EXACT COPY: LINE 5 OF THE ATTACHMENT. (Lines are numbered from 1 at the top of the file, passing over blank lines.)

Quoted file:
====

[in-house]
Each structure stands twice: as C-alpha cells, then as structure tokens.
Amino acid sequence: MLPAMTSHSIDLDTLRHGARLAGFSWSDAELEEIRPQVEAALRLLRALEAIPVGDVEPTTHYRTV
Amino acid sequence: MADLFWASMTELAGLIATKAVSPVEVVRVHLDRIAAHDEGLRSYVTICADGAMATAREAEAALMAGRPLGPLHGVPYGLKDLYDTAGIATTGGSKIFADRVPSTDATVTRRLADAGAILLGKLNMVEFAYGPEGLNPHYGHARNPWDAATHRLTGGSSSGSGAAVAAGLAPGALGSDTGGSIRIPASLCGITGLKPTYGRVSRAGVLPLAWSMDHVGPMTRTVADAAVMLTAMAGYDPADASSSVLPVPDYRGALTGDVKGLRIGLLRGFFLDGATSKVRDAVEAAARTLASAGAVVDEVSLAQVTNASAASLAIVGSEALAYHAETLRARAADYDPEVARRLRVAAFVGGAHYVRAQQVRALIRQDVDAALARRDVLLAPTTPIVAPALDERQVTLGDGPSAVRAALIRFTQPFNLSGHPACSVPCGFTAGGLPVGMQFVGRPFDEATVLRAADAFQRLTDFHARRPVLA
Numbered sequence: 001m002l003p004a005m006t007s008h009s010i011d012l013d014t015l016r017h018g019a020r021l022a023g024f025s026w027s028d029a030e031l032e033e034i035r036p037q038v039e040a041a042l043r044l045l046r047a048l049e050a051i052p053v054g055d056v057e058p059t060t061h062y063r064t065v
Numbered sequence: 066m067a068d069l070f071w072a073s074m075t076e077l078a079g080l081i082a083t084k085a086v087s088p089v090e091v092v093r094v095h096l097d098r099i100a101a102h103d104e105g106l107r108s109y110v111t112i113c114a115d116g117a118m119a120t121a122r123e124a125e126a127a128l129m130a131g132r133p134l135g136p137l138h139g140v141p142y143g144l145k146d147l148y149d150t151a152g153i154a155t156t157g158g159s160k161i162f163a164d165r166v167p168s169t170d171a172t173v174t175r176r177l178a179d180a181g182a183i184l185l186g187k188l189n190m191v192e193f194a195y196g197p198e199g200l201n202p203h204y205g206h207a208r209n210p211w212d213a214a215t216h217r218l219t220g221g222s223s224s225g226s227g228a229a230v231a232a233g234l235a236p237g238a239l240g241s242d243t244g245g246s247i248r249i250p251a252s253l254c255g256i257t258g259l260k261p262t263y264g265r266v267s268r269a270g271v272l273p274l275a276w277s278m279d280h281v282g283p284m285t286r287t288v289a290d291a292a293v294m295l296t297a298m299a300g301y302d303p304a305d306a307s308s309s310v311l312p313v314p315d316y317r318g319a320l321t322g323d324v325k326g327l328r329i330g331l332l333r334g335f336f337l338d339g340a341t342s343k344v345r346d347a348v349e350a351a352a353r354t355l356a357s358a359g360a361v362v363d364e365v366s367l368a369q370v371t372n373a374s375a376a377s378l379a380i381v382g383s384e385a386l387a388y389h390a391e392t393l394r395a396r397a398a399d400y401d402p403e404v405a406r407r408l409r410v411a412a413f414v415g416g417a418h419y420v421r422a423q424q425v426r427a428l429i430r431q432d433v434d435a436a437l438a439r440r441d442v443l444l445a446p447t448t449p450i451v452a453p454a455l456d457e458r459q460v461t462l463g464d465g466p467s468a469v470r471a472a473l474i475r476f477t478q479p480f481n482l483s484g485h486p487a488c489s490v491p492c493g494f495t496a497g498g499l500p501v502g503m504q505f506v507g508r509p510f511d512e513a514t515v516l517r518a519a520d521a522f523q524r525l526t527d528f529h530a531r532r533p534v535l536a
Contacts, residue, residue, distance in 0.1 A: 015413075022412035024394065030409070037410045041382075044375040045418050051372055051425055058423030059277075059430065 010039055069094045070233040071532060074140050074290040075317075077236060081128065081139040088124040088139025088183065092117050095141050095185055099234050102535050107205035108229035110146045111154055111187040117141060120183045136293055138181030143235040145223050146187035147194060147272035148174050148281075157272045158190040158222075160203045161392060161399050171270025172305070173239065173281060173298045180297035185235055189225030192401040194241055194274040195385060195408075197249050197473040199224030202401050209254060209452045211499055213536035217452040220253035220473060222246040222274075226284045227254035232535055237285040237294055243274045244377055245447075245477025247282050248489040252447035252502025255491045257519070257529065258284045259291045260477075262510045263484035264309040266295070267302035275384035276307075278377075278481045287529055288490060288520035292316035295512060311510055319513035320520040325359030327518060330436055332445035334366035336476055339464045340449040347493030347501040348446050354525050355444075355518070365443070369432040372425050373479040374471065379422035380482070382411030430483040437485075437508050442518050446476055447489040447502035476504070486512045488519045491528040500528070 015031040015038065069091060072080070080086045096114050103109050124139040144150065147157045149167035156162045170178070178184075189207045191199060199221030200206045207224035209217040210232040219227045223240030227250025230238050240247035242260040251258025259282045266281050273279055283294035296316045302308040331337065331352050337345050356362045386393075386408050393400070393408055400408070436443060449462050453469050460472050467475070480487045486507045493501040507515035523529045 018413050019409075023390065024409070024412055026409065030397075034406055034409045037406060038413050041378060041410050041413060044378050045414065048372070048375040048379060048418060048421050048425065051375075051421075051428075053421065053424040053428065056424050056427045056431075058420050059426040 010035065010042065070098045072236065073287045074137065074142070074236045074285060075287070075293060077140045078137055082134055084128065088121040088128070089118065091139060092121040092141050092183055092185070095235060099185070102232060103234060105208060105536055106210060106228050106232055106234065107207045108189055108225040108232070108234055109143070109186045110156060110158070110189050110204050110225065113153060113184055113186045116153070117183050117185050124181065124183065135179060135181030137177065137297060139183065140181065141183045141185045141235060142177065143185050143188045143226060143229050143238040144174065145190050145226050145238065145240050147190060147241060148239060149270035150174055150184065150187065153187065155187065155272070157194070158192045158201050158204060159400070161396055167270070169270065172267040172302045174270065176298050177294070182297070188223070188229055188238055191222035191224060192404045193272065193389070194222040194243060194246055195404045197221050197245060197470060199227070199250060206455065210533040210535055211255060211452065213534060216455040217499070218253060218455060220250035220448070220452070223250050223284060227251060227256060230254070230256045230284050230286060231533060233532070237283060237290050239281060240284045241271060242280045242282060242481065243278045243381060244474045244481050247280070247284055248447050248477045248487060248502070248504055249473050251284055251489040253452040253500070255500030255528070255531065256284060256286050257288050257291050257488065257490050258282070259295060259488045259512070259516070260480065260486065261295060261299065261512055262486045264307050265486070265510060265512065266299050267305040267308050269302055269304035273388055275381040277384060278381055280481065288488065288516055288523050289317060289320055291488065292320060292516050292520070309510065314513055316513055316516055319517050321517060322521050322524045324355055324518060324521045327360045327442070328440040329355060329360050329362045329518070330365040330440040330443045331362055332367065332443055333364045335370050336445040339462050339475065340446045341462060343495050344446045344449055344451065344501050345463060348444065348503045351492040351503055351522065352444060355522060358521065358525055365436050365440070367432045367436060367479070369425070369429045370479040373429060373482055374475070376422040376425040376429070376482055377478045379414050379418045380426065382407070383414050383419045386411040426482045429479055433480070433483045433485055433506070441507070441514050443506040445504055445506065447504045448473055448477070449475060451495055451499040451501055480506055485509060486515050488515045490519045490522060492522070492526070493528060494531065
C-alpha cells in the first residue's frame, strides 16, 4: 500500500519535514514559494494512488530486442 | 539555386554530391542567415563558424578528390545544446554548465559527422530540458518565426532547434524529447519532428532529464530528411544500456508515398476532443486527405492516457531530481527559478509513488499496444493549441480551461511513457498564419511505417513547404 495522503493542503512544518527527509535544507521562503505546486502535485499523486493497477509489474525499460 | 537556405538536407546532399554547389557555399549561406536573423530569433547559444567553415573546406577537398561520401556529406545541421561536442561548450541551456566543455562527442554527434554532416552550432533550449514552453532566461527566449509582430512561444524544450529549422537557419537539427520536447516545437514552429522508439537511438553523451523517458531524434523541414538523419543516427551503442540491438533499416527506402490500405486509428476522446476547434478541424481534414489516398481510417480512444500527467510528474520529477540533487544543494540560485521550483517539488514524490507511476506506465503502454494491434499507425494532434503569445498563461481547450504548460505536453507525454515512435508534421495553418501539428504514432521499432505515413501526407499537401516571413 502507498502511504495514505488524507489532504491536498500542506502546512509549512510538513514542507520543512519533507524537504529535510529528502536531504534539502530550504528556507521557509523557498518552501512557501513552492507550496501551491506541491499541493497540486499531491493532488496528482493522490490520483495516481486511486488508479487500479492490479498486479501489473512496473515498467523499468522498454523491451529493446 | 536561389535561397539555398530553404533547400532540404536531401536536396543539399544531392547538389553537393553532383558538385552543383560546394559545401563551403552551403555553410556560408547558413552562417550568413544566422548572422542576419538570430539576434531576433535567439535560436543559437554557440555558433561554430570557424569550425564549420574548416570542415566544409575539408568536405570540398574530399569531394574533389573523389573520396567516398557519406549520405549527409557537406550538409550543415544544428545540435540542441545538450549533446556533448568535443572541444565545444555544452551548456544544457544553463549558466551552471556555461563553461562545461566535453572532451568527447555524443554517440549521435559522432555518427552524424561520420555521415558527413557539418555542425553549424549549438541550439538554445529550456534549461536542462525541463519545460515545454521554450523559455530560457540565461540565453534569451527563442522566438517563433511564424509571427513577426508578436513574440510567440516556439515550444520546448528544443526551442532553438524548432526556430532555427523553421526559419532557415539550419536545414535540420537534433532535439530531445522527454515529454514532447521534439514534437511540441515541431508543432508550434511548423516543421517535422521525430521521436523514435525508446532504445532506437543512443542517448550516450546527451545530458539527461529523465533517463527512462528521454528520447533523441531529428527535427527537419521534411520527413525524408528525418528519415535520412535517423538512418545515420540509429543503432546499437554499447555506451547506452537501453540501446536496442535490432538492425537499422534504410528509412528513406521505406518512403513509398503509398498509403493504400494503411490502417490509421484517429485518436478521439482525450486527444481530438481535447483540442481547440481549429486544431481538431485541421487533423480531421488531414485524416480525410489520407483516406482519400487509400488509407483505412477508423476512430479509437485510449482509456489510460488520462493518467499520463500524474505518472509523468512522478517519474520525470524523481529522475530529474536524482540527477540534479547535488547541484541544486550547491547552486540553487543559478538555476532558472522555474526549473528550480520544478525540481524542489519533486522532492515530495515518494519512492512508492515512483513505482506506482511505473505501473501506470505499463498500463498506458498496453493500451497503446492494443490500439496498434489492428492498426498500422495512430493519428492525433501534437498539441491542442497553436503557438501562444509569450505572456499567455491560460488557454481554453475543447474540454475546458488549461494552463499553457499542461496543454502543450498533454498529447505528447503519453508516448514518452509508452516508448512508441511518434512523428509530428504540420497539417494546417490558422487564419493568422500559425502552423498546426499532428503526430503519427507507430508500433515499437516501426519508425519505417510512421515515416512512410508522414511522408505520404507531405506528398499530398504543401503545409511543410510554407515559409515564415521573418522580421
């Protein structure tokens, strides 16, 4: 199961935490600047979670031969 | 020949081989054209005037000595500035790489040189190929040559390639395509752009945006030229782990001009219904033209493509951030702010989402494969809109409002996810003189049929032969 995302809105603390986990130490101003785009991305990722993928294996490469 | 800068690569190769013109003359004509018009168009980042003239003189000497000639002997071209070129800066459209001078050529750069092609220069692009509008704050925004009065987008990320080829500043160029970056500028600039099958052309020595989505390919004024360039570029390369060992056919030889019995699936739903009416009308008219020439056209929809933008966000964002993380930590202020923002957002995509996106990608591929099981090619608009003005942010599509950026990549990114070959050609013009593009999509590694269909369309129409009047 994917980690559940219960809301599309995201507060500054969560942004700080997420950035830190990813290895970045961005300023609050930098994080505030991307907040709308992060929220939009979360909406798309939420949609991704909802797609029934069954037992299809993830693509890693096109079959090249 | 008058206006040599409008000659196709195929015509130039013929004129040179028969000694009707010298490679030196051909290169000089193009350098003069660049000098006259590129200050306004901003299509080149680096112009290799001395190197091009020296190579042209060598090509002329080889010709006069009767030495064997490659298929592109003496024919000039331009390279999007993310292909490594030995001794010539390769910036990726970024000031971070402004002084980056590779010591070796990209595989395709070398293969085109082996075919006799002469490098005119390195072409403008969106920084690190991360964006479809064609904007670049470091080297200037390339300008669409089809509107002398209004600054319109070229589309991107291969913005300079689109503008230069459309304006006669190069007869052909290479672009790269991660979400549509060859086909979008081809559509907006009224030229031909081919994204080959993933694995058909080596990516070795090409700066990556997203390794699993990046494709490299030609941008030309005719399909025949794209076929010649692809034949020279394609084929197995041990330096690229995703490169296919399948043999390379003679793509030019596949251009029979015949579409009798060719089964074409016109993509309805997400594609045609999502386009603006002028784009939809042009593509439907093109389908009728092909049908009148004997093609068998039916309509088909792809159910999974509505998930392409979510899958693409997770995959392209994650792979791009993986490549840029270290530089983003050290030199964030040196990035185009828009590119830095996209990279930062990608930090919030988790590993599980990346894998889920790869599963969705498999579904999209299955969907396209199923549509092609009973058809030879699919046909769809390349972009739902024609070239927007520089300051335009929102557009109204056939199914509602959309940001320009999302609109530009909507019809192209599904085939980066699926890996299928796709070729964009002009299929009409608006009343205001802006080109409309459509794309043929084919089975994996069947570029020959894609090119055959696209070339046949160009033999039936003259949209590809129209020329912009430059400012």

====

Numbered sequence: 001m002l003p004a005m006t007s008h009s010i011d012l013d014t015l016r017h018g019a020r021l022a023g024f025s026w027s028d029a030e031l032e033e034i035r036p037q038v039e040a041a042l043r044l045l046r047a048l049e050a051i052p053v054g055d056v057e058p059t060t061h062y063r064t065v